Table 3

Impact of birth spacing on stillbirth and perinatal mortality

Source

Location and Type of Study

Intervention

Stillbirth/Perinatal outcomes


Observational studies


DaVanzo et al. 2007 [24]

Bangladesh (Matlab). Population-based study, the Matenal Child Health-Family Planning area.

Observational study. Pregnancy outcomes (N = 66,759) that occurred between 1982 and 2002.

Compared the impact of IPIs, beginning with a live birth, of < 6 months in duration vs. 27-to 50-month.

SBR: OR = 1.6 (95% CI: 1.2–2.1).

Induced abortion: OR = 7.5 (95% CI: 6.0–9.4).

Miscarriage: OR = 3.3 (95% CI: 2.8–3.9).

All three types of non-live-birth (NLB) outcomes: increased odds at IPIs > or = 75, but not as risky as very short intervals. IPIs that began with a NLB were generally more likely to end with the same type of NLB


Orji et al. 2004 [27]

Nigeria. University Teaching Hospital Complex.

Comparative matched case-control study. N = 100 multiparae (N = 50 cases, N = 50 controls).

Compared the impact of prolonged birth spacing (> or = 6 years) (cases) vs. shorter birth spacing (2 – 5 years) (controls).

PMR or maternal deaths: None in both groups.

No significant difference in spontaneous onset of labour, induction or argumentation of labour, duration of labour, spontaneous vaginal delivery rates, Caesarean section rates, instrumental vaginal deliveries, analgesic requirement, postpartum hemorrhage, and Apgar scores in both groups.


Smith et al. 2003 [18]

UK (Scotland).

Retrospective cohort study. N = 89,143 women having second births in 1992–8 who conceived within five years of their first birth (N = 69,055 had a first term live birth).

Assessed the association between preceding IPI and the outcome of the second birth in women with a first term live birth after adjusting for different variables.

SBR or IUGR: No significant association.

A short IPI (< 6 months) was an independent risk factor for extremely pre-term birth (adjusted odds ratio 2.2, 1.3 to 3.6), moderately pre-term birth (1.6, 1.3 to 2.0), and neonatal death unrelated to congenital abnormality (3.6, 1.2 to 10.7).

Women whose subsequent IPI was less than six months were more likely than other women to have had a first birth complicated by perinatal death (OR = 24.4, 95% CI: 18.9 to 31.5).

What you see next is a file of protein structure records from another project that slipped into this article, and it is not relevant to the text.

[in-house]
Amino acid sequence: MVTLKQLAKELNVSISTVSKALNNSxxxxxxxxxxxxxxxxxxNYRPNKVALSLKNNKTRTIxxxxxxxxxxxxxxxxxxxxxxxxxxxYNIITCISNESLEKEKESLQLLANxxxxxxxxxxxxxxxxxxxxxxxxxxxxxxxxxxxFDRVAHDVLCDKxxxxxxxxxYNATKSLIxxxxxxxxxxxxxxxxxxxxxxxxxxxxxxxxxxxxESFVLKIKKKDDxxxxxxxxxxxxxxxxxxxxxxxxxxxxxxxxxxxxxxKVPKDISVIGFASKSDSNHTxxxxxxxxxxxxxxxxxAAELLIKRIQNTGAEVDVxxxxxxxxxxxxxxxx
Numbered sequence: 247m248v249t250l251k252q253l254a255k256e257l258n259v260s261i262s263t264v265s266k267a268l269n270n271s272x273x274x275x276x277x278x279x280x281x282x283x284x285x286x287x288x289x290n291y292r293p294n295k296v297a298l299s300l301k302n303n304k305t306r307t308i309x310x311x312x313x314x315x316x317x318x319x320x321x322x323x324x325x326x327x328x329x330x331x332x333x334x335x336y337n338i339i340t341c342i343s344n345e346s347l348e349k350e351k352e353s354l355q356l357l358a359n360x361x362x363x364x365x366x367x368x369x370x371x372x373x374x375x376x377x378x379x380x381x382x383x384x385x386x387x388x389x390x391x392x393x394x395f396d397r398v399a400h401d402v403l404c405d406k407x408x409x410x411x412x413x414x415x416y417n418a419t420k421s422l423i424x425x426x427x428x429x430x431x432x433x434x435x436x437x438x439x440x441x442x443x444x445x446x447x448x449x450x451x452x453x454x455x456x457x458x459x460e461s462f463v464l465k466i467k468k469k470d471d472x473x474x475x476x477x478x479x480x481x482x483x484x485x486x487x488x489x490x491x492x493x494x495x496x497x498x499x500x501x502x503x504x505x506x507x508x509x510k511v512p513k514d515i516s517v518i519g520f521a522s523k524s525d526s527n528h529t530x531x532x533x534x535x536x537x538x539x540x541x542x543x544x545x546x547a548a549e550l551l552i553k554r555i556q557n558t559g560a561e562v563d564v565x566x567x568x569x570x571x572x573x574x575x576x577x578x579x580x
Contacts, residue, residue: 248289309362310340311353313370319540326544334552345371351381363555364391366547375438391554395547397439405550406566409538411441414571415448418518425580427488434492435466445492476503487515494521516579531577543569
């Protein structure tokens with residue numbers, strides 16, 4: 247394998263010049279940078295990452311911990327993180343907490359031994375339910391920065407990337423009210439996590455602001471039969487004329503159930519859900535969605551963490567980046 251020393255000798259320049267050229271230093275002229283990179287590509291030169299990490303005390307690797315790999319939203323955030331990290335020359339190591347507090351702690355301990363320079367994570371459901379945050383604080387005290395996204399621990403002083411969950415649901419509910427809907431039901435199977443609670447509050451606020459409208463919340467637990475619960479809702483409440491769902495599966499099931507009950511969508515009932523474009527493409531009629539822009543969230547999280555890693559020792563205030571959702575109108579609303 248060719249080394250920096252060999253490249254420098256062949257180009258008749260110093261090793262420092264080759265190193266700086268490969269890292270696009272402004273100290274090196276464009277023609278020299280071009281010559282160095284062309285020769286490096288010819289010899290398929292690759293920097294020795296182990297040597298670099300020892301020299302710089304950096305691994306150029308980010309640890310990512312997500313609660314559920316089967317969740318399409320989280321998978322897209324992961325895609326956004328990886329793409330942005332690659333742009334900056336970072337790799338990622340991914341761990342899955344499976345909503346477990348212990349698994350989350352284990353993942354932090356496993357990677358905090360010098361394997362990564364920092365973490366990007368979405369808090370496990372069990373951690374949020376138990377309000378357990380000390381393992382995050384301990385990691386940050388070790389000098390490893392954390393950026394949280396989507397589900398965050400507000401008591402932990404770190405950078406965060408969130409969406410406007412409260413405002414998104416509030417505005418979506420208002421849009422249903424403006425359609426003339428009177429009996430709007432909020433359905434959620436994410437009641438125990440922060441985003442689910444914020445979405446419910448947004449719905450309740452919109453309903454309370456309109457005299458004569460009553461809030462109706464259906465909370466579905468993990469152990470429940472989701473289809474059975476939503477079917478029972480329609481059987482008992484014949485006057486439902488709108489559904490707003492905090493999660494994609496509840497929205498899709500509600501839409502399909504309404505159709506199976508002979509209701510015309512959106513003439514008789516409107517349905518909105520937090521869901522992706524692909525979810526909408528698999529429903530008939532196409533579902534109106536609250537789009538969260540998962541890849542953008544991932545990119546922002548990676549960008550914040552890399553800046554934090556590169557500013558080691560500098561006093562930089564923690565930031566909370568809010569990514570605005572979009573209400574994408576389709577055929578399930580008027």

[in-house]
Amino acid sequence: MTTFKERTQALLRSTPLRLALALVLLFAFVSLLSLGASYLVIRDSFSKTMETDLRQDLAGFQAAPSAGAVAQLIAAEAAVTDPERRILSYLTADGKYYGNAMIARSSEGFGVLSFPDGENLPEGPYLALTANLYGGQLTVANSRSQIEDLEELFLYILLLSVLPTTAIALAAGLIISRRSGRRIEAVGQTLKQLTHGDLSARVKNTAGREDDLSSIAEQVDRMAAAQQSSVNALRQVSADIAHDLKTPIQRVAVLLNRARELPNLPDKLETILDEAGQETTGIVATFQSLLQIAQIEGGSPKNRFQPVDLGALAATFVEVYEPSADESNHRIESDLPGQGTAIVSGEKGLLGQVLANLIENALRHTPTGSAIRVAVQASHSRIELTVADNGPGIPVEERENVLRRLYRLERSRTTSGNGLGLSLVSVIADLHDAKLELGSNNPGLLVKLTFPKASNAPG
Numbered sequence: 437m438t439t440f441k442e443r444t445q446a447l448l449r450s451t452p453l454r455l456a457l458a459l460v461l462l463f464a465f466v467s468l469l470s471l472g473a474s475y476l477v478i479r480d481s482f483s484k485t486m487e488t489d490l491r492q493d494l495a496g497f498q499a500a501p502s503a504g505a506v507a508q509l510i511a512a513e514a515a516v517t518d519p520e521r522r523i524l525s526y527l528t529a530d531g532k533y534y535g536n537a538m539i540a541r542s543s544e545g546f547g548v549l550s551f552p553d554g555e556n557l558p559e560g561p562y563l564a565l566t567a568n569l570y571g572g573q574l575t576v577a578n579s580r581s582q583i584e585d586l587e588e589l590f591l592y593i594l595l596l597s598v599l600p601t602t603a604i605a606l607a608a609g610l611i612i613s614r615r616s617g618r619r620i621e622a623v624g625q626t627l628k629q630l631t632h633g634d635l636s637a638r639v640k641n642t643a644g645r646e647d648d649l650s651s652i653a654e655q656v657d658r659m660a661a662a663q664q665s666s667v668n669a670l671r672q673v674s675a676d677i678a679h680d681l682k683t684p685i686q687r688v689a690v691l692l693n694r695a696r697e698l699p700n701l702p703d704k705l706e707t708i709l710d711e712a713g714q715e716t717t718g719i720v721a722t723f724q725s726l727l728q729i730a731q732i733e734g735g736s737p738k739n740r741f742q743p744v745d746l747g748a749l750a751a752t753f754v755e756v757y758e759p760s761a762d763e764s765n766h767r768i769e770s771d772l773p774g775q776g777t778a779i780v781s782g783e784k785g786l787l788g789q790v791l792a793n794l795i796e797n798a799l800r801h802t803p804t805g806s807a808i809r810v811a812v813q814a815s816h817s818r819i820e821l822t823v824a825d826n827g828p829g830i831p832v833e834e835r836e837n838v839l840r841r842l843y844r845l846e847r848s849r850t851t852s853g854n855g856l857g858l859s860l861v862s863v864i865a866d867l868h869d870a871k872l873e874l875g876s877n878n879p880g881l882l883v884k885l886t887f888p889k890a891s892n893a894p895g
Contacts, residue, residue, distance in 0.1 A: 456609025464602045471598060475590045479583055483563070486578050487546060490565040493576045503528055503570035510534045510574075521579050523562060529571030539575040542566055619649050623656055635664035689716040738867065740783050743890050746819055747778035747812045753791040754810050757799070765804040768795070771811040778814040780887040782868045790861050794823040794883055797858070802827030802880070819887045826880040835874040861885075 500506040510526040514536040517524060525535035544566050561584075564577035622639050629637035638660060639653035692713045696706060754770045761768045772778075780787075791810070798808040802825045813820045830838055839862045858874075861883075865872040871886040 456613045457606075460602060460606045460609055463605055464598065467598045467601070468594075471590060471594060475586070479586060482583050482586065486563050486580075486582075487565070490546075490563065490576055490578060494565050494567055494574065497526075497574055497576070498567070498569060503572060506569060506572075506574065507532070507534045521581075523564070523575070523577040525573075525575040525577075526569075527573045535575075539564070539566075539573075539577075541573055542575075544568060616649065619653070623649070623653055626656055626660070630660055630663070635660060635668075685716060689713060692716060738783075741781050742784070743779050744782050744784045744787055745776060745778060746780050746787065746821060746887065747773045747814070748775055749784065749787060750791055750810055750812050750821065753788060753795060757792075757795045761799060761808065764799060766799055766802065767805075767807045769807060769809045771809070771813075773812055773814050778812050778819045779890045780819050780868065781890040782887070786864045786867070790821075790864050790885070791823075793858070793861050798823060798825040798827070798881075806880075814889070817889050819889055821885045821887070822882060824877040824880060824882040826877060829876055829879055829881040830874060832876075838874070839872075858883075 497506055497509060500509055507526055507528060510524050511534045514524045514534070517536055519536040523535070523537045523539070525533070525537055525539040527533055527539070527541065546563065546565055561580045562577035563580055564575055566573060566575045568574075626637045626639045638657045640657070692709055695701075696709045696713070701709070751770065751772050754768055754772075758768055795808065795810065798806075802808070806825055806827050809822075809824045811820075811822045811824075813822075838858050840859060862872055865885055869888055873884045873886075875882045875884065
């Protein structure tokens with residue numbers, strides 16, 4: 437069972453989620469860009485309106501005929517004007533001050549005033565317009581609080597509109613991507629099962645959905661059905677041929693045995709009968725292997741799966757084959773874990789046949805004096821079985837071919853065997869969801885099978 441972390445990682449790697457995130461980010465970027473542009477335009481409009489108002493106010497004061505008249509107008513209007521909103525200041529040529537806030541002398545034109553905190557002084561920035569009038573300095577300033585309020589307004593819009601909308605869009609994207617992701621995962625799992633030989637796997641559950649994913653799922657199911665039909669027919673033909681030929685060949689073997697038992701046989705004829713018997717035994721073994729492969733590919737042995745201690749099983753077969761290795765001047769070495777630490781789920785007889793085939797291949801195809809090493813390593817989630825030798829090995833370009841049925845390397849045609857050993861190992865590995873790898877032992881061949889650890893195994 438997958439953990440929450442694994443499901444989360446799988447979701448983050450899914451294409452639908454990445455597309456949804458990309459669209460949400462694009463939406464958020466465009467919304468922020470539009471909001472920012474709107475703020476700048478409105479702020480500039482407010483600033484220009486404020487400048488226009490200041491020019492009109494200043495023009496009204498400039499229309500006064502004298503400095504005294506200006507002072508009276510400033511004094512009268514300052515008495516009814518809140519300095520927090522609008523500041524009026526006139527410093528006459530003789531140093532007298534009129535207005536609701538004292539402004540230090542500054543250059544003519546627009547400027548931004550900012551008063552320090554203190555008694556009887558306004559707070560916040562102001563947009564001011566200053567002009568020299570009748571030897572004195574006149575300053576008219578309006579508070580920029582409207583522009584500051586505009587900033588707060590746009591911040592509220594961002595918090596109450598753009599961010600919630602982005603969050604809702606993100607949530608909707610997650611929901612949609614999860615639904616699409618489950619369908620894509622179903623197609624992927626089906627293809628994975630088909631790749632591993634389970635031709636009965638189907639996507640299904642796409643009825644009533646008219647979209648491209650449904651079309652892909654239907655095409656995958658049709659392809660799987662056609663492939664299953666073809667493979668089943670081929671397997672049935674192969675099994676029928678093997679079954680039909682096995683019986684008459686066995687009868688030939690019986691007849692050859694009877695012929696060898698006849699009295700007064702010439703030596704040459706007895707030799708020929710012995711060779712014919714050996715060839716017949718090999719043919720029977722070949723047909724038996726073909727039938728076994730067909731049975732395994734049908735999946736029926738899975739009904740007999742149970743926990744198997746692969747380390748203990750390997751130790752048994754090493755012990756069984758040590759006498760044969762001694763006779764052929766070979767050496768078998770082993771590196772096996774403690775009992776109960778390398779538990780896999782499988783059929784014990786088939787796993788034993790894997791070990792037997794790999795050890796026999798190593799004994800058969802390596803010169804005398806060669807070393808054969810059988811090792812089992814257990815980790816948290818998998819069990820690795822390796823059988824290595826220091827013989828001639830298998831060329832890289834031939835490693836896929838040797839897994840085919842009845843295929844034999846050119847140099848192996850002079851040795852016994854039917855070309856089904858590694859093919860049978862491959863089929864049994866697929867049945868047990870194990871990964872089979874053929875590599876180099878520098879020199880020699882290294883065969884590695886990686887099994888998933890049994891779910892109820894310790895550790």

Stephansson et al. 2003 [25]

Sweden. Nationwide study.

Retrospective evaluation of a national cohort.

N = 410,021 women's first and second singleton deliveries between 1983 and 1997.

Compared the impact on pregnancy outcomes of IPIs of short duration (0–3 months) vs. intervals between 12 and 35 months.

SBR: OR = 1.9 (95% CI: 1.3–2.7).

Adj. OR = 1.3 (95% CI: 0.8–2.1).

Early neonatal death: OR = 1.8 (95% CI: 1.2–2.8).

Adj. OR = 0.9 (95% CI: 0.5–1.6).

SBR among women with IPIs of 72 months and longer: adjusted OR = 1.5 (95% CI: 1.1 – 2.1).

Early neonatal death among women with IPIs of 72 months and longer: adjusted OR = 1.3 (95% CI: 0.9 – 2.1).


Abebe and Yohannis 1996 [28]

Ethiopia. Maternity ward at Jimma Hospital.

Cross-sectional study. Women (N = 415) who delivered during September 1992 to March 1993. Three trained midwives collected the information by use of pre-tested questionnaire.

Midwives interviewed mothers regarding age, marital status, income, education, parity, contraceptive usage, duration of breast feeding, and pregnancy outcomes.

Spontaneous abortion: 32.2% vs. 13.2% in intervals under 12 months vs. 12–24 month intervals, respectively.

SBR: 3.2% among birth intervals under 12 months.

Early neonatal death rate (within first week of life): 6.9% among birth intervals under 12 months.

Pregnancy wastage (abortion, stillbirth or neonatal mortality): 42.3% among women with birth intervals under 12 months. The proportion of pregnancy wastage declined with an increased birth interval.


Kallan 1992 [26]

US. Data from the national survey of family growth in 1988.

Retrospective study. N = 104 pregnancies among non-institutionalised women aged 15–44.

Assessed the association of short and long IPIs on IUGR, LBW and fetal loss.

Short and long IPIs increase the risk of both intrauterine growth retardation low birth weight and fetal loss.


Zimmer 1979 [23]

Scotland (Aberdeen).

Observational study.

N = 3098 once married women, who had a pregnancy outcome during the period 1950 to 1955 for a total of 10,825 pregnancies.

Assessed the impact of the spacing of pregnancies on outcome.

Women who experience a wastage at any given pregnancy number are not only more likely to have another pregnancy, but they do so over a short time interval than those whose last pregnancy resulted in a live birth. Except for terminations, wastage is highest among women who closely space their pregnancy.


Kamau and Mati 1988 [122]

Kenya (Nairobi). Kenyatta National Hospital.

Cross sectional survey.

Women (N = 615) delivered during the months of June and July 1985, who had at least one birth interval to report (N = 2407 pregnancies and 1792 birth intervals).

Assessed the impact of birth intervals on pregnancy outcome.

SBR and first week death rates: the lowest rates (1.9% and 3.2% respectively) were observed when the preceding birth interval was 25–36 months. PMR: 5.2% for this interval.

Birth intervals that were 25–36 months long were associated with the most favorable pregnancy outcome. Poor pregnancy outcome was followed by very short birth intervals.


Yakoob et al. BMC Pregnancy and Childbirth 2009 9(Suppl 1):S3   doi:10.1186/1471-2393-9-S1-S3

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